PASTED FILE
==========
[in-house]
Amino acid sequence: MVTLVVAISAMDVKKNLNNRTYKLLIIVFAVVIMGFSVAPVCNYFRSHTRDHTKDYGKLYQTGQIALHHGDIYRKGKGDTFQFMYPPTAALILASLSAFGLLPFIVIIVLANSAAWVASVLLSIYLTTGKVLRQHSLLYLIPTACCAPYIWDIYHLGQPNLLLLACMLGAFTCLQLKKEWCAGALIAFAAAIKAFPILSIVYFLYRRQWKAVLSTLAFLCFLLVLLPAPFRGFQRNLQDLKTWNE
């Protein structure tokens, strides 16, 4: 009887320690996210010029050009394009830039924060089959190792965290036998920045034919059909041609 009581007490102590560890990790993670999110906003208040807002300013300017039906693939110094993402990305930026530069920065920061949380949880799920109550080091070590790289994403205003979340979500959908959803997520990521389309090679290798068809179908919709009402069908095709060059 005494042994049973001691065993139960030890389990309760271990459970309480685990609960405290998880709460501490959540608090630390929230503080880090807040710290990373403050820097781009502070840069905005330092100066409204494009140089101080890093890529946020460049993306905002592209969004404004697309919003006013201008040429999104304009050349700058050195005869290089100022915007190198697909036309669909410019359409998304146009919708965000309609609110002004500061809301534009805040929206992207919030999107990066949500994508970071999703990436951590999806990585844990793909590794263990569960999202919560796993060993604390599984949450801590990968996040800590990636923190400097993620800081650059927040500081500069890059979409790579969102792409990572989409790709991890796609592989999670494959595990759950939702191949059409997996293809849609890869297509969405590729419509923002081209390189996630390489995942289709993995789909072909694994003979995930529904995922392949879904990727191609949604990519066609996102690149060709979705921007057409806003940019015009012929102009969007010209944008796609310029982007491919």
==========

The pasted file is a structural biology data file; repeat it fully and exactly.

[in-house]
Amino acid sequence: MVTLVVAISAMDVKKNLNNRTYKLLIIVFAVVIMGFSVAPVCNYFRSHTRDHTKDYGKLYQTGQIALHHGDIYRKGKGDTFQFMYPPTAALILASLSAFGLLPFIVIIVLANSAAWVASVLLSIYLTTGKVLRQHSLLYLIPTACCAPYIWDIYHLGQPNLLLLACMLGAFTCLQLKKEWCAGALIAFAAAIKAFPILSIVYFLYRRQWKAVLSTLAFLCFLLVLLPAPFRGFQRNLQDLKTWNE
């Protein structure tokens, strides 16, 4: 009887320690996210010029050009394009830039924060089959190792965290036998920045034919059909041609 009581007490102590560890990790993670999110906003208040807002300013300017039906693939110094993402990305930026530069920065920061949380949880799920109550080091070590790289994403205003979340979500959908959803997520990521389309090679290798068809179908919709009402069908095709060059 005494042994049973001691065993139960030890389990309760271990459970309480685990609960405290998880709460501490959540608090630390929230503080880090807040710290990373403050820097781009502070840069905005330092100066409204494009140089101080890093890529946020460049993306905002592209969004404004697309919003006013201008040429999104304009050349700058050195005869290089100022915007190198697909036309669909410019359409998304146009919708965000309609609110002004500061809301534009805040929206992207919030999107990066949500994508970071999703990436951590999806990585844990793909590794263990569960999202919560796993060993604390599984949450801590990968996040800590990636923190400097993620800081650059927040500081500069890059979409790579969102792409990572989409790709991890796609592989999670494959595990759950939702191949059409997996293809849609890869297509969405590729419509923002081209390189996630390489995942289709993995789909072909694994003979995930529904995922392949879904990727191609949604990519066609996102690149060709979705921007057409806003940019015009012929102009969007010209944008796609310029982007491919």